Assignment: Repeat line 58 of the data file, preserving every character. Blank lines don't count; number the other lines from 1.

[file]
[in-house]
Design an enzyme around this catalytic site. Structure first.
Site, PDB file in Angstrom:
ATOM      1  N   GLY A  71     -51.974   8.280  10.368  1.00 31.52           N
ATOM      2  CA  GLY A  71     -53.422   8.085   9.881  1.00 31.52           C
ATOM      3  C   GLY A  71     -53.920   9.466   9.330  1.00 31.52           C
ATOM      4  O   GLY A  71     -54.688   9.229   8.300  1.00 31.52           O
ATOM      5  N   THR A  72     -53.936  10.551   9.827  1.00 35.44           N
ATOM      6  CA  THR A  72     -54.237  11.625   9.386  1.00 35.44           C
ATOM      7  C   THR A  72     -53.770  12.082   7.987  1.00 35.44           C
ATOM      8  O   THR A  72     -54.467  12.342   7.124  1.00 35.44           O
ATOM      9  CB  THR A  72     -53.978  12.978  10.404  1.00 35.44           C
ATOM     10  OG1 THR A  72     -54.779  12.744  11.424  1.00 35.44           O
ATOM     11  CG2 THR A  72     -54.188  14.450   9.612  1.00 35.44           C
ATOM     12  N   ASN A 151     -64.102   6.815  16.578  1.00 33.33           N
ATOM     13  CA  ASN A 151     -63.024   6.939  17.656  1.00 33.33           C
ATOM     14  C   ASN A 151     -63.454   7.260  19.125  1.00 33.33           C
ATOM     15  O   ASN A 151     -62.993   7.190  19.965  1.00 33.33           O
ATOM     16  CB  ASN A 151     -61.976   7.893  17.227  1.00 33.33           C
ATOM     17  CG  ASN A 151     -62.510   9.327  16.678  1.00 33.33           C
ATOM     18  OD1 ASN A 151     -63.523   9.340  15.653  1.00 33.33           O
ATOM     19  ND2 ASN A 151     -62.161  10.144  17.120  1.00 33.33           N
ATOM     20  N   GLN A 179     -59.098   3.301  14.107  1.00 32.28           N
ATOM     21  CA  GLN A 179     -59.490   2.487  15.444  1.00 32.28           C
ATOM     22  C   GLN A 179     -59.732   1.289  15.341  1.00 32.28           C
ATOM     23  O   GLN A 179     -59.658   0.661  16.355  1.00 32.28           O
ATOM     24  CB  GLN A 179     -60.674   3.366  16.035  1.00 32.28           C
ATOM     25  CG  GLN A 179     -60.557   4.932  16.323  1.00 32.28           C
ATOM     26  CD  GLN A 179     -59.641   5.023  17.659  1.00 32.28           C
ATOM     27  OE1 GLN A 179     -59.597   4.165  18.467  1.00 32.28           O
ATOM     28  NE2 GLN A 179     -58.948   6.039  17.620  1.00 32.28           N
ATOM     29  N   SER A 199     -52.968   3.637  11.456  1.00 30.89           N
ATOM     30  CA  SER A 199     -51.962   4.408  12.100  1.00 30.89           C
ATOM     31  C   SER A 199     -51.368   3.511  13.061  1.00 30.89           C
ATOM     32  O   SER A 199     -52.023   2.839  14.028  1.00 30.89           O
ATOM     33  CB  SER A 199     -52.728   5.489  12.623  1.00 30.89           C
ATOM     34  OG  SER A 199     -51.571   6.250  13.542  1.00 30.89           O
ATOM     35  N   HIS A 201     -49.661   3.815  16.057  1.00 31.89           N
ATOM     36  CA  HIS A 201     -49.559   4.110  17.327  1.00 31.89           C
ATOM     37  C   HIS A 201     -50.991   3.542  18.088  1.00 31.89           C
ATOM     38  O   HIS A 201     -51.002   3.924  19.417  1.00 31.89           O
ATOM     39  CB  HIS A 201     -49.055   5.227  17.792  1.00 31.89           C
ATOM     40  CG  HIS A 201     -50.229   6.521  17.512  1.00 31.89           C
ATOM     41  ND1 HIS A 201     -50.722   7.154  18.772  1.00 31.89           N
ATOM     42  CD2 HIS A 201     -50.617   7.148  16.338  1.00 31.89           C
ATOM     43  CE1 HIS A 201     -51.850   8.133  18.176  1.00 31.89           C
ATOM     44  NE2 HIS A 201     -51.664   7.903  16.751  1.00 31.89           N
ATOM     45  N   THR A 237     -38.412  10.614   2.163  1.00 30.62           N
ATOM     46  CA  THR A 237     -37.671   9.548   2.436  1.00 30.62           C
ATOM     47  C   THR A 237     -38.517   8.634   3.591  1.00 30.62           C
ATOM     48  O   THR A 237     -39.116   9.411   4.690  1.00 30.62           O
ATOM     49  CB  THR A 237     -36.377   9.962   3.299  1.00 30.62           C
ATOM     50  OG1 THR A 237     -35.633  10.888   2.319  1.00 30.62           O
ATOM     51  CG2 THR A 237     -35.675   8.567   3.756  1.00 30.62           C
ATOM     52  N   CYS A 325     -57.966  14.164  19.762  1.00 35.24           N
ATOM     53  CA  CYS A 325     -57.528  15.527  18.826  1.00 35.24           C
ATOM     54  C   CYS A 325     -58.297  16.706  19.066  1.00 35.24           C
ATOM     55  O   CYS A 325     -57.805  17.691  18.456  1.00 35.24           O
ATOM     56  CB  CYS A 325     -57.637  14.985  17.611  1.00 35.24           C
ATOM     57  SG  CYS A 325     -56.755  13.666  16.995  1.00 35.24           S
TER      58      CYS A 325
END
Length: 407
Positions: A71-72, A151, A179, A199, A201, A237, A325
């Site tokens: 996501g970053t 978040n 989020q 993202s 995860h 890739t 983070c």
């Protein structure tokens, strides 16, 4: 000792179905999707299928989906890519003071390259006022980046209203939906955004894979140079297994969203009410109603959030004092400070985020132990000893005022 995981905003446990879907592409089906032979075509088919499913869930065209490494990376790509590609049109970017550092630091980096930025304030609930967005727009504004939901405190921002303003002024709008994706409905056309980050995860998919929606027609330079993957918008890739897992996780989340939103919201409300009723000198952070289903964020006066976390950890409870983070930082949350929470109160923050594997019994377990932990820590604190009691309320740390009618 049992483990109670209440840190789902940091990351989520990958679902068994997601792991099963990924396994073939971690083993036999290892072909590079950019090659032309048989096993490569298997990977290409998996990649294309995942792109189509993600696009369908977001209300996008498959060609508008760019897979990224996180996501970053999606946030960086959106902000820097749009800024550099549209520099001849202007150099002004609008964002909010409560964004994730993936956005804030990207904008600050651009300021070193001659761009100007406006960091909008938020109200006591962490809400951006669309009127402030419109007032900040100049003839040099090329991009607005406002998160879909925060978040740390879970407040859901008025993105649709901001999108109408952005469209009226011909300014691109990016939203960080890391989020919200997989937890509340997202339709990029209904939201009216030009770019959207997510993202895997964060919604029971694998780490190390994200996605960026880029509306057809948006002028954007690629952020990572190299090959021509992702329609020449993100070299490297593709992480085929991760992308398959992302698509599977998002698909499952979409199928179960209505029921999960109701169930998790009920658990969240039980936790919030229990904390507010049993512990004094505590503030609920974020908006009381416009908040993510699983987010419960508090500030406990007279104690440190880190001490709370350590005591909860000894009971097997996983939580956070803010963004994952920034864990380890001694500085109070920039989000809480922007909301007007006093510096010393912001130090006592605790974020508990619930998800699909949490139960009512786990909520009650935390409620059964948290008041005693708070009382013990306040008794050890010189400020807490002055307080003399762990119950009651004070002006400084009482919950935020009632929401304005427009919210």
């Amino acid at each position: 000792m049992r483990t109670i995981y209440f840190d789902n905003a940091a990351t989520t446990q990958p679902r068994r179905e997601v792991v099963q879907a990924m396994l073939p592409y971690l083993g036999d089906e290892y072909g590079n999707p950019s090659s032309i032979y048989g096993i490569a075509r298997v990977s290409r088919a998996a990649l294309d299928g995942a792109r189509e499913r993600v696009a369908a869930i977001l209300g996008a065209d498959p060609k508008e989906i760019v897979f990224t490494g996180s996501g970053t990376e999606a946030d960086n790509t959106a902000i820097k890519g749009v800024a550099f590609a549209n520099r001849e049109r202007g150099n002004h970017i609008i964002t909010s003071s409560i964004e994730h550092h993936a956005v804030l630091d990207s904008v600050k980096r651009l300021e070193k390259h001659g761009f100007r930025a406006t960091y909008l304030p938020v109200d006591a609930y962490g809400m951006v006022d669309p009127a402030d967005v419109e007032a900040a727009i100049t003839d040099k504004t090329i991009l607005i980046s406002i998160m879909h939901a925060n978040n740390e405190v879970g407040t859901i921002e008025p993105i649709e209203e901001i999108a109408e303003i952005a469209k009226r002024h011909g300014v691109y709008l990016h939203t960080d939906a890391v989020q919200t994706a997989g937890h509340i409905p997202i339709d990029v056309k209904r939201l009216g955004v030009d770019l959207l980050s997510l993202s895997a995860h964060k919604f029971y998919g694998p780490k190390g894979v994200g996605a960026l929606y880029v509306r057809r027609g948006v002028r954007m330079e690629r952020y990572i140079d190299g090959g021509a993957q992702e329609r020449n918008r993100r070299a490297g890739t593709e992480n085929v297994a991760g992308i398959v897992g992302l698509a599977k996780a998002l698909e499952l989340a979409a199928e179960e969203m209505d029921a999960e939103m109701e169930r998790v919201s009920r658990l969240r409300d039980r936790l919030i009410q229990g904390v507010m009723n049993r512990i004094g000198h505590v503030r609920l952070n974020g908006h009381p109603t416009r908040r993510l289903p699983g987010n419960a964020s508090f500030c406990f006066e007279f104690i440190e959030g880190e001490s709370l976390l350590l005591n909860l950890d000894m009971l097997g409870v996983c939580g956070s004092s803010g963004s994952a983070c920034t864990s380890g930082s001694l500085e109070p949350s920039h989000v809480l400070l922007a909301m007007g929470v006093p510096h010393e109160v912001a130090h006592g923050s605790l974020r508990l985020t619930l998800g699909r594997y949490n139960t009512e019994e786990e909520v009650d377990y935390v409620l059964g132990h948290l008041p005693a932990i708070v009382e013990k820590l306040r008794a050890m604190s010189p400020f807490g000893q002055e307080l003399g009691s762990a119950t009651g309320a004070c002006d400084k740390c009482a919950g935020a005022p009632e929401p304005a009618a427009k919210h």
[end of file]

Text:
ATOM     55  O   CYS A 325     -57.805  17.691  18.456  1.00 35.24           O